It's only fair to open this review with a disclaimer: We're just not into concerts where the pieces are introduced with pithy meditations on life, death and transcendence and lit by candles on the stage. We had enough of that stuff in the 60s.
That being said, and in the interest of accurate reporting, The Raleigh Symphony Chamber Players and the Cary Choral Artists (a mid-sized cappella chorus drawn from the Cary Singers) put together a concept concert entitled "Journey to Light," A very earnest musical contemplation on-uh- life, mortality, war, peace, hope, despair, transmigration of souls, etc. The program was clearly put together to fit the program's spiritual theme rather than with an ear to the artistic value of many of the pieces. While each work (or set) was preceded - or was it followed? - by a mercifully short reading by narrator Harrison Fisher, we kept our focus on the music. Apparently, we were expected to be so transported by the solemn atmosphere that we were officially given permission not to applaud.
The concert opened with a solo cello rendition of musicologist Remo Giazotto's construction built on six measures by Albinoni, generally referred to mistakenly as "Albinoni's Adagio." Giazotto's main contribution to the fragment was its harmonization, so to have that subtracted left us with a slow tune partially by Albinoni. Cellist Jane Salemson continually rushed the rests at the ends of phrases, a problem which no amount of otherwise commendable dynamic gradation and artistic planning could cover up. This piece, which was paired with a reading about a cellist who played to a bomb crater in Sarajevo for 22 days in memory of the twenty-two victims, has become a funereal cliché that needs to be retired along with Pachelbel's Canon and other such over used works.
There followed the highlight of the program, a set of a cappella motets by Franz Liszt ("O salutaris hostia,"), 17th century Anglican composer Richard Ferrant ("Call to Remembrance"), Charles Villiers Stanford ("Justorum animae") and 17th century composer Gregorio Allegri's famous litany ("Miserere"). To this was added contemporary composer Daniel Gawthrop's "Sing me to Heaven." Director Lawrence Speakman's group was together, musical and in tune. This is the first time we've heard this permutation of the Concert Singers of Cary, who, if this performance is any indication, represent another star in the Triangle's array of outstanding choral ensembles.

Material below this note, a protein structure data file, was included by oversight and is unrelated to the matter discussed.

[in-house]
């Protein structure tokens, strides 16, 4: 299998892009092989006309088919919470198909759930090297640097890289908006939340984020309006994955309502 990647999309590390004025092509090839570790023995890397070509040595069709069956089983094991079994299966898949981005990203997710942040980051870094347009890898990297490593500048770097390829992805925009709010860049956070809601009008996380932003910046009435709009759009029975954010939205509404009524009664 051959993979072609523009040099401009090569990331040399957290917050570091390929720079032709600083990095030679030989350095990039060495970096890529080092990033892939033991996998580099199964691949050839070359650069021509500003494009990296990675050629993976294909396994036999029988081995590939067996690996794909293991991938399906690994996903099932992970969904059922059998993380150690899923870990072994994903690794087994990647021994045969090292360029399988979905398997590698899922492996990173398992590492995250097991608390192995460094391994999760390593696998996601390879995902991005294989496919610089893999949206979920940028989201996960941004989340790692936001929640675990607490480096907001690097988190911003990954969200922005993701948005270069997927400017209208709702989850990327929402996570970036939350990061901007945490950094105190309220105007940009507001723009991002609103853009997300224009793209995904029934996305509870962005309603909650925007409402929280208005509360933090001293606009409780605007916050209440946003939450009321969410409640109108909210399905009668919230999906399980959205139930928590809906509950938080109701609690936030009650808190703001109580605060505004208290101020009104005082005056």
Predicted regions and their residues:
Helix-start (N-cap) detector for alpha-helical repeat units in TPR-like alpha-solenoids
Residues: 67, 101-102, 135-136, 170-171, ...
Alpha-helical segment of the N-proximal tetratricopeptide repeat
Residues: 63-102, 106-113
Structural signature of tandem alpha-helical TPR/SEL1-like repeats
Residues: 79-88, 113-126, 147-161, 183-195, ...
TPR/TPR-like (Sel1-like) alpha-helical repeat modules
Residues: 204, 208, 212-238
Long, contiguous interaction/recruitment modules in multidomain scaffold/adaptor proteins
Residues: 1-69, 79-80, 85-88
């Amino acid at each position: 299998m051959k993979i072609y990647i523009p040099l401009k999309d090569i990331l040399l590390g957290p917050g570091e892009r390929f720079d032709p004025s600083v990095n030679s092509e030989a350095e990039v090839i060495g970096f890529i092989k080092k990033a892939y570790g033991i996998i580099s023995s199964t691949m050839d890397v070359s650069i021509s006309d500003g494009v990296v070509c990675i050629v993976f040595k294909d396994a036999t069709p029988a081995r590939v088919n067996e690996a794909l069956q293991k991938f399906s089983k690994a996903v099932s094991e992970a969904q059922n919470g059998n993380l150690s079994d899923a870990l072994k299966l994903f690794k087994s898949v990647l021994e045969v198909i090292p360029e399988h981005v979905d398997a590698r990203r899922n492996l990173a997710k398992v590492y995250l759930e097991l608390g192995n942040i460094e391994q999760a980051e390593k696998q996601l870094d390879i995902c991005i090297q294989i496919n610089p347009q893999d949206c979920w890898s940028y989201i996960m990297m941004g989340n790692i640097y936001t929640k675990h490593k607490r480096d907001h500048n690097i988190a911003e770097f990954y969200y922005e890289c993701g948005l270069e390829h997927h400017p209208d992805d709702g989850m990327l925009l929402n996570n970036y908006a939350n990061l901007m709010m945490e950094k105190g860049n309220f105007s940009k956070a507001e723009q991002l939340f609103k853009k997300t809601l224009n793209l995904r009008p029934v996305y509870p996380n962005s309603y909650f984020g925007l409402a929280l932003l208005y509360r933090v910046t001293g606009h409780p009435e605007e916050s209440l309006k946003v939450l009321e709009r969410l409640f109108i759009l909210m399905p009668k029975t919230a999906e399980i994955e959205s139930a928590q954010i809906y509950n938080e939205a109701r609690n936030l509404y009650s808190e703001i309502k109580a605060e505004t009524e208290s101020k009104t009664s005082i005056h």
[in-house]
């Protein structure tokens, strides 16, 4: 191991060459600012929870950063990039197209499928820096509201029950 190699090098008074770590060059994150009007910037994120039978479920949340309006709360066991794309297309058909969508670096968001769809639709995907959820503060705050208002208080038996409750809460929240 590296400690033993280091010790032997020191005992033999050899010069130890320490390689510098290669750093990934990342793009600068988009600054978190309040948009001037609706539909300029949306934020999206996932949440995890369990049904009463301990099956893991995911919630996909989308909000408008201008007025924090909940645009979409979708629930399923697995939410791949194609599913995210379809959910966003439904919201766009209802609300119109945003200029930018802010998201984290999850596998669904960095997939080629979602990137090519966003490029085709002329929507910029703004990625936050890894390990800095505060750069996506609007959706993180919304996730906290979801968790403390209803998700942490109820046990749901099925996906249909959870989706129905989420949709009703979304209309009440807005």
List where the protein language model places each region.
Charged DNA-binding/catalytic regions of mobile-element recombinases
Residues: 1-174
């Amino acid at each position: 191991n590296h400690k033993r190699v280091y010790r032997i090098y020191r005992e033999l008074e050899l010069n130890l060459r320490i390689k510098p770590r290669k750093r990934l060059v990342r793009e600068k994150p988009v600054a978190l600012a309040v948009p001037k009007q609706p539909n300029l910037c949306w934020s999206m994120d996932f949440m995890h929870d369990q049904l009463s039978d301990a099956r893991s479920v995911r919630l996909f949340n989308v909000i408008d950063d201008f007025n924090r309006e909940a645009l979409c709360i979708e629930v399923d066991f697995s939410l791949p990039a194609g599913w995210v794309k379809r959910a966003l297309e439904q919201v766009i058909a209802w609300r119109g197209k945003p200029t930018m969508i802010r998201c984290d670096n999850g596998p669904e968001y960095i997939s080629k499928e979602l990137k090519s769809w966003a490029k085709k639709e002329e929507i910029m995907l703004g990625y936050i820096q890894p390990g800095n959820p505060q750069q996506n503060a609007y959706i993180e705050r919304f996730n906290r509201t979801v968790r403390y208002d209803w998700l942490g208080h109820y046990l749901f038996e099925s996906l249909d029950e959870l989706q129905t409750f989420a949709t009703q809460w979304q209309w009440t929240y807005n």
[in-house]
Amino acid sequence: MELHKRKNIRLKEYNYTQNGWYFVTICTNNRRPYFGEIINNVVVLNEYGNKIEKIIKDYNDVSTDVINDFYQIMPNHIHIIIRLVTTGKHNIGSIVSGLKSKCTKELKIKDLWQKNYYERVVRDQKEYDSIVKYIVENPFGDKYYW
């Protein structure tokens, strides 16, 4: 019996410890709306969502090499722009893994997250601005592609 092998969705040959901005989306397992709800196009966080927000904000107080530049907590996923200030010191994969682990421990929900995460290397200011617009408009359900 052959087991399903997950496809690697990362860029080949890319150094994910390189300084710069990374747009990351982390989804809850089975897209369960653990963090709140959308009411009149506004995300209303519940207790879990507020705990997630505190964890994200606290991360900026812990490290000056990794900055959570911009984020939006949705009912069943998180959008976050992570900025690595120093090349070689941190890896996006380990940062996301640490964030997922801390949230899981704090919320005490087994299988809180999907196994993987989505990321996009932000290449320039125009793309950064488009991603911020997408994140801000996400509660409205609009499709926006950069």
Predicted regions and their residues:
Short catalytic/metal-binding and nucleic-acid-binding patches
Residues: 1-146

Another virtuoso performance was put in by alto flautist Patty Angevine in contemporary Polish composer Henryk Górecki's Good Night . The work is scored for alto flute, piano (Lanette Lind), soprano (Teresa Fernandez) and tam tams (Jack Roller), but it is the flute that predominates. Górecki has made his way to the top of the pop charts with his works but certainly not because of their beat. There seems to be a separate neural pathway for even the most hard-core rock fans that is attracted to Gregorian chant, Hildegard von Bingen and meditative minimalist works such as Górecki's. The program notes described this work as ".an incantation, rarely rising above a whisper, disembodied, somewhere between waking consciousness and a luminous transcendent state," and it was indeed more of an aid to meditation than anything else. Good Night is comprised of slow descending two-note motives (diads) or short simple repeated motives in the lower end of the flute's range. Angevine achieved a real tour de force in her use of subtly varied levels of pianissimo and her clarity of tone in the instrument's challenging lowest register. She was accompanied, however, by the "plang, plang, plang" of the piano part, a veritable Chinese torture. The soprano and tam tams were saved for the end of this interminable piece, the former jarringly strident, given the delicacy of the instrumental parts.
Speakman's chorus returned during the second half to perform a hideous transcription of the adagio from Samuel Barber's String Quartet No. 1 set to the text of the " Agnus Dei " of the Catholic mass. The subtle but complex harmonic changes in the inner voices of this work were, unfortunately, beyond the chorus's ability. But then, there is a reason why this work was written originally for string quartet and not voices. While a wonderful work in and of itself, the adagio has also become clichéd.
The string quartet that should have played the Barber - violinists Tasi Matthews and Joan Beck, violist Michael Castello and cellist Jane Salemson - were instead joined by clarinetist Jim Williams to perform Canadian composer Elizabeth Raum's Searching for Sophia . The work's three movements, "Dance," "Prayer," and "Fantasy on a traditional Theme," are rhapsodic in structure and borrow a fair number of sonorities and harmonies from the Brahms Clarinet Quintet. While the strings were a little rough at times, Williams's performance was both sensitive and sensuous. Searching for Sophia , while generally accessible, is a meandering piece whose goals remain vague - perhaps Raum's still searching.
By this time, we'd heard meditations from the Catholics, Protestants and New Age seekers of transcendent knowledge. But no program of this sort would be complete without a Native American presence. Since Native American cultures are generally without a developed musical tradition, Lanette Lind's, Song of the Earth Spirits for chorus and chamber ensemble filled that niche to end the program.